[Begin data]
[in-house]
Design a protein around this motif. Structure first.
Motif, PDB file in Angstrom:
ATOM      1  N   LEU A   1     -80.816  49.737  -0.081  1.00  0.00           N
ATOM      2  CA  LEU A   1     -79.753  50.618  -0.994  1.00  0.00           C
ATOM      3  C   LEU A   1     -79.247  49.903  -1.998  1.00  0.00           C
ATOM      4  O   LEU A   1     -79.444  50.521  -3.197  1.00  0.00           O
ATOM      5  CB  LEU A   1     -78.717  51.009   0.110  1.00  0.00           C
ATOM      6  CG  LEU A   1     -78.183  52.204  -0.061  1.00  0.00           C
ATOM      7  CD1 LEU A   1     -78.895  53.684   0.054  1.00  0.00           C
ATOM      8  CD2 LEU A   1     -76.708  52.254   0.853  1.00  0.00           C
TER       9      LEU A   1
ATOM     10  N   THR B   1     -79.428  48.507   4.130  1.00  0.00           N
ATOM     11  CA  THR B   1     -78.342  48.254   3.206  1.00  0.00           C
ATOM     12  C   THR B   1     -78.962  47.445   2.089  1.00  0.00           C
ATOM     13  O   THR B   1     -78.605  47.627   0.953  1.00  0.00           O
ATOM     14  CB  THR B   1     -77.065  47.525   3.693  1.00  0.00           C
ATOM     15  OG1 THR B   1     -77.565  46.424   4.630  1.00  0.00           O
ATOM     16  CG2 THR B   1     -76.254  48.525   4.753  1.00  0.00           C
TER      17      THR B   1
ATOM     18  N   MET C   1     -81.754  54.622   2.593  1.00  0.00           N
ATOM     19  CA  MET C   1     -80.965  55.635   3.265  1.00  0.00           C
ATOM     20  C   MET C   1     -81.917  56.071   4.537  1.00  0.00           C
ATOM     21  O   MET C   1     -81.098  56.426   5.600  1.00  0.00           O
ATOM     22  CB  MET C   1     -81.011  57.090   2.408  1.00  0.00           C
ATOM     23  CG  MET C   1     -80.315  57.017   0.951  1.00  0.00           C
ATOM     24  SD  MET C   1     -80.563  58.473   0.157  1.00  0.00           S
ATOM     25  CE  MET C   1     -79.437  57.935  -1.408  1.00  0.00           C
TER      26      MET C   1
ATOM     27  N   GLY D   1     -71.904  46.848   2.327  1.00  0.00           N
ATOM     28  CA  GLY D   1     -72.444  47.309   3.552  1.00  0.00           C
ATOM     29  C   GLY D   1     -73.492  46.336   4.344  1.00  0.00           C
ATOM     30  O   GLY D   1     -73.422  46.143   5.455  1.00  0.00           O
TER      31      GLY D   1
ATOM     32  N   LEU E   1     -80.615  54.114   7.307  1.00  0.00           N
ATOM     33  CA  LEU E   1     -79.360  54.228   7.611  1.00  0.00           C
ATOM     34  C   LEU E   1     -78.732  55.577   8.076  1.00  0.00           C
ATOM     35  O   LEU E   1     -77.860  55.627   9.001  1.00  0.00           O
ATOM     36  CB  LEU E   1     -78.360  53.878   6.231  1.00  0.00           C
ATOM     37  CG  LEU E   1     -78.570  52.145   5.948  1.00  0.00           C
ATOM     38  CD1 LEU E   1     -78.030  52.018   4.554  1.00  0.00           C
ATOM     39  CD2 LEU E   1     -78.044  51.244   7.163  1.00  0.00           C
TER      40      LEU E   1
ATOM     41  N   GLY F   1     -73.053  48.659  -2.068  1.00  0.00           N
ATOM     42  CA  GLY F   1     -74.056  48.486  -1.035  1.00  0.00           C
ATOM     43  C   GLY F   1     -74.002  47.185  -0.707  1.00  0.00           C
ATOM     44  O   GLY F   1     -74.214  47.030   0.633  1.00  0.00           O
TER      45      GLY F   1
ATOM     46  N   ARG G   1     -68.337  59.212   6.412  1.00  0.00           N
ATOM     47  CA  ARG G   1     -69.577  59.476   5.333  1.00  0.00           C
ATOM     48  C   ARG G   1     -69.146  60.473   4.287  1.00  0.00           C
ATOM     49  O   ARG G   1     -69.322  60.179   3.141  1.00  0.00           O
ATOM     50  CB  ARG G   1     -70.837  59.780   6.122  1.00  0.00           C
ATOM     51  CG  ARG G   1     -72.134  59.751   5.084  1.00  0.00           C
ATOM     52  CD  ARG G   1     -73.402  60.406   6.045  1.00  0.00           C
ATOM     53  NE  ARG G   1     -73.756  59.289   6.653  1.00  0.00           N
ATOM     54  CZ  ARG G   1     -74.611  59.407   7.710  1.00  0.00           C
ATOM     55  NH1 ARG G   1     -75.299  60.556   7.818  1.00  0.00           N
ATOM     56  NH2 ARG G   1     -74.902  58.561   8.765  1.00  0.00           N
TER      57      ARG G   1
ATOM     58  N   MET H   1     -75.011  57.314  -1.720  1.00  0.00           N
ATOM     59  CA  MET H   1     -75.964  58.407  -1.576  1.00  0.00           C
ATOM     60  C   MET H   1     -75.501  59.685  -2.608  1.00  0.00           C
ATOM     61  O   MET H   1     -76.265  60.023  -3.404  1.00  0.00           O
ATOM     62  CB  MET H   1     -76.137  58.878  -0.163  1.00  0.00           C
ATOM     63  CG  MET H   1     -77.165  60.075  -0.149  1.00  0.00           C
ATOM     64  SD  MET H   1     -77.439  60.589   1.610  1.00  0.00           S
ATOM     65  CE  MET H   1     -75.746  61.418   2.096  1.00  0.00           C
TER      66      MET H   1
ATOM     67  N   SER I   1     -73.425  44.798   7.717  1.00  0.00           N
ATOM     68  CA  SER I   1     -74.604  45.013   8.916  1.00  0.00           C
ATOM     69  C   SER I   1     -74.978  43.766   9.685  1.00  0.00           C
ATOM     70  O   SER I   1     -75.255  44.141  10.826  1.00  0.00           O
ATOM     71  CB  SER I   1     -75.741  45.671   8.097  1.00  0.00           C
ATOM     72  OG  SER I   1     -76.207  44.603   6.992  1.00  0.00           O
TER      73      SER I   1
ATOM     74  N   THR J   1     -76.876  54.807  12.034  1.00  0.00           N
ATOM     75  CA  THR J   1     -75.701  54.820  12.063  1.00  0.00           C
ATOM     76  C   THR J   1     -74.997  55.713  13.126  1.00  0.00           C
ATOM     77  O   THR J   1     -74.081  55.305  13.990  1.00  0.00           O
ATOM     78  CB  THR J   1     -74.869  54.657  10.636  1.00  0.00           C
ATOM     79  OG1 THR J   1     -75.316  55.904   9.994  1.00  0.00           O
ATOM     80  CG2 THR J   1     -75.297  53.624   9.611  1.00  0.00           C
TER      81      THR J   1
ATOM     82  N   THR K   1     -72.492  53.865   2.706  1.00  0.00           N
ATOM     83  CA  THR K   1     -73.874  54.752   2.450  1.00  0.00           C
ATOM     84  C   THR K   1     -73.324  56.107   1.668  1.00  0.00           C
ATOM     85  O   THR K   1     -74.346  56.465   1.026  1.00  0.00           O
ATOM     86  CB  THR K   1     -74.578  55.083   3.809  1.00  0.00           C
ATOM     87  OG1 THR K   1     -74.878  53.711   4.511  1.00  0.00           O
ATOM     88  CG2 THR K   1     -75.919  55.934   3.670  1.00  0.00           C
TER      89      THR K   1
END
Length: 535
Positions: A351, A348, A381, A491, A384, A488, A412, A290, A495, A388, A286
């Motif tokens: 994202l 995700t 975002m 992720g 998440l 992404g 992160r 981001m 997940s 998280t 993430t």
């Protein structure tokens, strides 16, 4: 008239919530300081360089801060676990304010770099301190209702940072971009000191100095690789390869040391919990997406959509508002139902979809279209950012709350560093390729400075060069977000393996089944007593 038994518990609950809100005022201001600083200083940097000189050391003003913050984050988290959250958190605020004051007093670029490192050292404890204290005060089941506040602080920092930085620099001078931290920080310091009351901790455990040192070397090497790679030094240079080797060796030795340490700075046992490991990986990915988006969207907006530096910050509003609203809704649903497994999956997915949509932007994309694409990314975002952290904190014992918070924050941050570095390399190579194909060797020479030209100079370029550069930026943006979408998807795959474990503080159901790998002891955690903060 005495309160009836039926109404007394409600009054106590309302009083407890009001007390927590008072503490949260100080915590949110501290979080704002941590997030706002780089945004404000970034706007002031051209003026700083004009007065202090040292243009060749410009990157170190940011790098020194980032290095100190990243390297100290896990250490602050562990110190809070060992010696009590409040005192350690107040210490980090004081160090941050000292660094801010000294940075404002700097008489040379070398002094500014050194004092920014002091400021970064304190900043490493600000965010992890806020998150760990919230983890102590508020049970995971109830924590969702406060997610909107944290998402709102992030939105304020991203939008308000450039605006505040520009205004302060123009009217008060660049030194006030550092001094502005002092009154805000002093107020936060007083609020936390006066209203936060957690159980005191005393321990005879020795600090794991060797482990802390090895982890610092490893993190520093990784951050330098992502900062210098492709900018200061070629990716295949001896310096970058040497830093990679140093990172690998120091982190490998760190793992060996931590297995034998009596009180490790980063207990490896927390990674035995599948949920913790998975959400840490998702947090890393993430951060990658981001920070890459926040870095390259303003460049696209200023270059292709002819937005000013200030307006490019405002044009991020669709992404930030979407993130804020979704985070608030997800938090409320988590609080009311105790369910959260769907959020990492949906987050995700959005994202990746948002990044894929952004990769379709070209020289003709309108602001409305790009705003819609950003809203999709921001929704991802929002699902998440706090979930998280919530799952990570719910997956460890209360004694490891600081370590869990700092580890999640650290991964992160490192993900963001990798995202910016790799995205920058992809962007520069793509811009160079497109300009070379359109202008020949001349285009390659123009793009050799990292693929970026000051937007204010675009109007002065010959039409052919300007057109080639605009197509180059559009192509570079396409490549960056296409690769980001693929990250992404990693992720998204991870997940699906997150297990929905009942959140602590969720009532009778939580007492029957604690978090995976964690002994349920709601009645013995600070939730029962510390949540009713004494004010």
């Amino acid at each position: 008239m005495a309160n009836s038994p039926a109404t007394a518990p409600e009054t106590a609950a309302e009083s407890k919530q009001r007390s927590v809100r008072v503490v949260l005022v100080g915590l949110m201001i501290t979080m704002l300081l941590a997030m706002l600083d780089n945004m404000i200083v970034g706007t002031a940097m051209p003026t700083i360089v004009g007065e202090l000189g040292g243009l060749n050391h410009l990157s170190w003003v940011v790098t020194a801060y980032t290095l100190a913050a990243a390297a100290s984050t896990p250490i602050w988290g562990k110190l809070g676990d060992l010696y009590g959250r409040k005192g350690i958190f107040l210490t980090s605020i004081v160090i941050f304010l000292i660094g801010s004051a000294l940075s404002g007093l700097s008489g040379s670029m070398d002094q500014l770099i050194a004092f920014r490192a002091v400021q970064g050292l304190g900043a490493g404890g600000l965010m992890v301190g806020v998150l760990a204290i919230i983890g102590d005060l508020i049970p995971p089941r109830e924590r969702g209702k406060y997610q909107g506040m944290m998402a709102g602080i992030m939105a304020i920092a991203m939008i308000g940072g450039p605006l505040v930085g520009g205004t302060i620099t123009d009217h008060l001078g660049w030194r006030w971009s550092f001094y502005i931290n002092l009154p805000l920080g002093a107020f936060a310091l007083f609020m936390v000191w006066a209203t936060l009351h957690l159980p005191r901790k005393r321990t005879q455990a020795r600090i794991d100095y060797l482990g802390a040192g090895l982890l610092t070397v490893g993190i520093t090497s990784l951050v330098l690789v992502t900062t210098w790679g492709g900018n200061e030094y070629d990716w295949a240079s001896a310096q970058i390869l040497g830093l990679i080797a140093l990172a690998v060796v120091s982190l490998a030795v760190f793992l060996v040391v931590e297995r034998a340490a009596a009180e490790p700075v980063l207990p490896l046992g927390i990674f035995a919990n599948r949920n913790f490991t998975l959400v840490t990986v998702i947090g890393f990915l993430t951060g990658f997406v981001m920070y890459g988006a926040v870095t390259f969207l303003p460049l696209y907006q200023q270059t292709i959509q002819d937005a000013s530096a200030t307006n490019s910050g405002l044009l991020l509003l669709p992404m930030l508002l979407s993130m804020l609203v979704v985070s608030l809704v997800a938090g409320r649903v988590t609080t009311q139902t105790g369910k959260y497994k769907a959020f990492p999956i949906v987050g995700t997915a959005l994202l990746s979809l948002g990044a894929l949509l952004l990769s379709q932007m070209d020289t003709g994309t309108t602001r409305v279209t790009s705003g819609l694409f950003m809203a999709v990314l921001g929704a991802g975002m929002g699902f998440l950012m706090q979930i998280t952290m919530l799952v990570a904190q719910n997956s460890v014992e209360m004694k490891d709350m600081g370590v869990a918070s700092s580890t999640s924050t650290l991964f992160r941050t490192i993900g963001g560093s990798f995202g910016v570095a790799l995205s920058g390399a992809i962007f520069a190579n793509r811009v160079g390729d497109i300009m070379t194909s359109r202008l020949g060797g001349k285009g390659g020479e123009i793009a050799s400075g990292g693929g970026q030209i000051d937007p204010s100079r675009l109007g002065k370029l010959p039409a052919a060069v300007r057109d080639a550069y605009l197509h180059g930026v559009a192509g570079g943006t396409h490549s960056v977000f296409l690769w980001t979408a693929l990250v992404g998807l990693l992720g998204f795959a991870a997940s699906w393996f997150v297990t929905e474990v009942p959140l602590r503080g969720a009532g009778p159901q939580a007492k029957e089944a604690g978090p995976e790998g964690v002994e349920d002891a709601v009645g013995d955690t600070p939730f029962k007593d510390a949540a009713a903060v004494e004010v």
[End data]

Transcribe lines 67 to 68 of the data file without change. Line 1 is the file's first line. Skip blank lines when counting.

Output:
ATOM     64  SD  MET H   1     -77.439  60.589   1.610  1.00  0.00           S
ATOM     65  CE  MET H   1     -75.746  61.418   2.096  1.00  0.00           C